James Otis Jr.
Portrait by Joseph Blackburn, 1755
|Died||May 23, 1783
Andover, Massachusetts, U.S.
|Resting place||Granary Burying Ground, Boston|
|Occupation||lawyer, political activist, pamphleteer and legislator|
Oration against British writs of assistance February 5, 1761 which catapulted him into the first ranks of Patriot leaders. The executive Courts must pass such acts into disuse." "A man's house is his castle.... this writ [of assistance] would totally annihilate this privilege.Custom-house officers may enter our houses when they please."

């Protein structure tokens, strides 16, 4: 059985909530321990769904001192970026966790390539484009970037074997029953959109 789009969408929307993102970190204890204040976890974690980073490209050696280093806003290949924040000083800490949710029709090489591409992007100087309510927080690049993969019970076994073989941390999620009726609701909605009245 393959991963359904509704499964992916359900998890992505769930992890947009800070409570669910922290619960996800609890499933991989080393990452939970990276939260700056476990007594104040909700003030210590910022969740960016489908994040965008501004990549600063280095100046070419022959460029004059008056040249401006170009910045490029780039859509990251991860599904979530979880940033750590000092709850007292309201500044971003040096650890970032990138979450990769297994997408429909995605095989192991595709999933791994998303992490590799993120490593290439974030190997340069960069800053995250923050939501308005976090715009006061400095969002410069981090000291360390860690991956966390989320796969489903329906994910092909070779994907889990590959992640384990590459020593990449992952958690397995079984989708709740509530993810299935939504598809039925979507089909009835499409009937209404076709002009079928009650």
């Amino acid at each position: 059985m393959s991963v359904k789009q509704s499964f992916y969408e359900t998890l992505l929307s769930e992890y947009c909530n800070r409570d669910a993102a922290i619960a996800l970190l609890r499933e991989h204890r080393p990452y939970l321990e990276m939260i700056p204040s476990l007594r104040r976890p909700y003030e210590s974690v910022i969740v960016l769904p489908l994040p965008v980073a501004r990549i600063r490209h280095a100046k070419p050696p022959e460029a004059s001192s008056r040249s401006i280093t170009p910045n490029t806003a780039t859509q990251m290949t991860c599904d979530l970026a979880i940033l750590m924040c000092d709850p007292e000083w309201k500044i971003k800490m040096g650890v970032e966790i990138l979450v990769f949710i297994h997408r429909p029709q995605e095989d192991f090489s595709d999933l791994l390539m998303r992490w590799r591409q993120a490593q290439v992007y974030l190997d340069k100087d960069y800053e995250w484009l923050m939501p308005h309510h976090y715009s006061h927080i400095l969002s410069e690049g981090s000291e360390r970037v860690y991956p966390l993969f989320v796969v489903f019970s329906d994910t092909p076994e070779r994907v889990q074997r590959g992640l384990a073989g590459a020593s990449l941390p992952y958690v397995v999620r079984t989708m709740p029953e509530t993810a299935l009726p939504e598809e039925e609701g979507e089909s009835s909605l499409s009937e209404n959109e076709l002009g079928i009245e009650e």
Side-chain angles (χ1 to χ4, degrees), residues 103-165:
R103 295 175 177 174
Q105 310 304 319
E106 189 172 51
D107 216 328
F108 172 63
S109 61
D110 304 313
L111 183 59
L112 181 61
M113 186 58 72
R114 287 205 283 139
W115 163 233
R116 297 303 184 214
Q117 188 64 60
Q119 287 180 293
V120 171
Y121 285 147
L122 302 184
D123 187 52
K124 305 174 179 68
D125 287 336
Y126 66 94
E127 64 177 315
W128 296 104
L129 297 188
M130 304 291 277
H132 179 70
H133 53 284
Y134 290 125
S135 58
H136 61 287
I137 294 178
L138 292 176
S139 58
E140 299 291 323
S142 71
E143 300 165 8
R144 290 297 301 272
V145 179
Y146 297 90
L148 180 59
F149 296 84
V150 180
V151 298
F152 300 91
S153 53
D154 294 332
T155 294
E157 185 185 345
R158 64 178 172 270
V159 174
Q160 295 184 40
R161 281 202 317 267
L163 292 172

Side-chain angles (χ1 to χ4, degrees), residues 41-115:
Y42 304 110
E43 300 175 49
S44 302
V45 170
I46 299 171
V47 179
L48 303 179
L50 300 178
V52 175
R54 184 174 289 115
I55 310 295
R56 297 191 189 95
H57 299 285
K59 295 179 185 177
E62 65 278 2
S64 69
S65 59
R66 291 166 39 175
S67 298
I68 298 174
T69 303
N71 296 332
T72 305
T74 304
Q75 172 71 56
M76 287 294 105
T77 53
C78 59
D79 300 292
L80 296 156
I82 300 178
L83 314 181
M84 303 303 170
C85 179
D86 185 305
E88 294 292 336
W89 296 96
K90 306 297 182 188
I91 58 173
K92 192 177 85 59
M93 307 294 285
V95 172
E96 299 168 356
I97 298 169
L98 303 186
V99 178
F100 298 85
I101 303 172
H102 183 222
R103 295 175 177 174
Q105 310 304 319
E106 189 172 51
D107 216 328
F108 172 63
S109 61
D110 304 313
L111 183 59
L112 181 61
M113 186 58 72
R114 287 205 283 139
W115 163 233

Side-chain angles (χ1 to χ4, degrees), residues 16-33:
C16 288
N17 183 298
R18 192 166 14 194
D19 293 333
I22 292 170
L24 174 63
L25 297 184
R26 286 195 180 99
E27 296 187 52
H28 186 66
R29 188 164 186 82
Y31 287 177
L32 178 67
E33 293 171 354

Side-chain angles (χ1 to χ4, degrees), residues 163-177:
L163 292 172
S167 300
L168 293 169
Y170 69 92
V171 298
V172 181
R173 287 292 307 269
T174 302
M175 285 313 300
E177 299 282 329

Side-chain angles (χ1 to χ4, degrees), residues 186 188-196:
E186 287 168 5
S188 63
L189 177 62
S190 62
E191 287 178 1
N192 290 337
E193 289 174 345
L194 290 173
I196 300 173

|Children||James, Elizabeth Brown
|Parent(s)||James Otis Sr.
James Otis Jr. (February 5, 1725 – May 23, 1783) was a lawyer in colonial Massachusetts, a member of the Massachusetts provincial assembly, and an early advocate of the Patriot views against British policy that led to the American Revolution. His catchphrase "Taxation without representation is tyranny" became the basic Patriot position.
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